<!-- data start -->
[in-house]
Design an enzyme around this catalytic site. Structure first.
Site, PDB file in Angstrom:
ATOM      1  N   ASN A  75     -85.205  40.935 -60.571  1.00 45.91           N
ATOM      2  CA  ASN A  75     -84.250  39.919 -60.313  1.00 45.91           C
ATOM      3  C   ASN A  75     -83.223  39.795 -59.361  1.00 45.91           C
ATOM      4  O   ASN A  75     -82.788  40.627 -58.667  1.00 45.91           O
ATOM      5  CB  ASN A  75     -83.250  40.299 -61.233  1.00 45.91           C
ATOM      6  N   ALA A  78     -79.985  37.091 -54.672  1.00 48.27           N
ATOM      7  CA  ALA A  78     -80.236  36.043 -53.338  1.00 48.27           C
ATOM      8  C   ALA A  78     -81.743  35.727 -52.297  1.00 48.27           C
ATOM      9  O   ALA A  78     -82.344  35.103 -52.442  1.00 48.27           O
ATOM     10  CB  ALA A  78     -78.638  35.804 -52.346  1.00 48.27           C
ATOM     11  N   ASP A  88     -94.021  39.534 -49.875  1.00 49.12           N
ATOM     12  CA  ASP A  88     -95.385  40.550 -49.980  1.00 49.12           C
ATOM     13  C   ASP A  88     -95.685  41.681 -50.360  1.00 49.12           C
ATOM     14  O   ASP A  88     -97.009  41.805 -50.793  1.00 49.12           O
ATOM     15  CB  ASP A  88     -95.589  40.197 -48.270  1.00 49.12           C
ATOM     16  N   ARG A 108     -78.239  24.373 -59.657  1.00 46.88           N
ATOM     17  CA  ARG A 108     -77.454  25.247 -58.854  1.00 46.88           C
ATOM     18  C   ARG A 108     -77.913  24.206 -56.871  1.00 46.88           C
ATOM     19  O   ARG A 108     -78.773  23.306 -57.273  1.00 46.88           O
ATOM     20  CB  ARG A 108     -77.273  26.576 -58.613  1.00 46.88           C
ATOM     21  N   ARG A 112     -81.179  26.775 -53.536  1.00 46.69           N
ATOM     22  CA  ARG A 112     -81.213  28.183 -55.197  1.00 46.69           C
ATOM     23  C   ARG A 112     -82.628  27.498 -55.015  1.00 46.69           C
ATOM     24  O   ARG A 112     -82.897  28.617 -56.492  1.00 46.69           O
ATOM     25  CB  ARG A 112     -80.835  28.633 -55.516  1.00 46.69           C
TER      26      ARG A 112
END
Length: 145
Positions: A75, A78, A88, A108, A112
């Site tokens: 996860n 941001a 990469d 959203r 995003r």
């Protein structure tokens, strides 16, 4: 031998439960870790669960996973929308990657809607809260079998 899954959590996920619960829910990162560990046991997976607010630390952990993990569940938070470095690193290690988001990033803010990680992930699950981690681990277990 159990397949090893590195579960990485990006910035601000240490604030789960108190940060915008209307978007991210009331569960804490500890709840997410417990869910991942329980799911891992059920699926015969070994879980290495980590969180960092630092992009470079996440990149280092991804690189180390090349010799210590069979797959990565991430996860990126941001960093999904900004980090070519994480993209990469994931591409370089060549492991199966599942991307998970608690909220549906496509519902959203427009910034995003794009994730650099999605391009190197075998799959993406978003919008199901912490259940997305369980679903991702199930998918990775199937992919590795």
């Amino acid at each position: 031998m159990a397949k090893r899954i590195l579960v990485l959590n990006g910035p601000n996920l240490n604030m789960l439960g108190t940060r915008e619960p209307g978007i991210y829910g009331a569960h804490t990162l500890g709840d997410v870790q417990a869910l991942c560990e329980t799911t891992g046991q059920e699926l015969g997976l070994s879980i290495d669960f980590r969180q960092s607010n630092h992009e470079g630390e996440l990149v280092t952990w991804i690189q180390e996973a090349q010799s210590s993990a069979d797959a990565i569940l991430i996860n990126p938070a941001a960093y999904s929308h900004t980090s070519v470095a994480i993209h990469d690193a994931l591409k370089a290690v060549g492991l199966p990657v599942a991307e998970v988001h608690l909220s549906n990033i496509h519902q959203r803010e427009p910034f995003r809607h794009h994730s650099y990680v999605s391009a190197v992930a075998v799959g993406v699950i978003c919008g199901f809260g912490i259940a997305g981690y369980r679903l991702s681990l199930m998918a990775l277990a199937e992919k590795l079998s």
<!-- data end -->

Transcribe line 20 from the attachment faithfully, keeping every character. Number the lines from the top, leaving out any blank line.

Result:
ATOM     17  CA  ARG A 108     -77.454  25.247 -58.854  1.00 46.88           C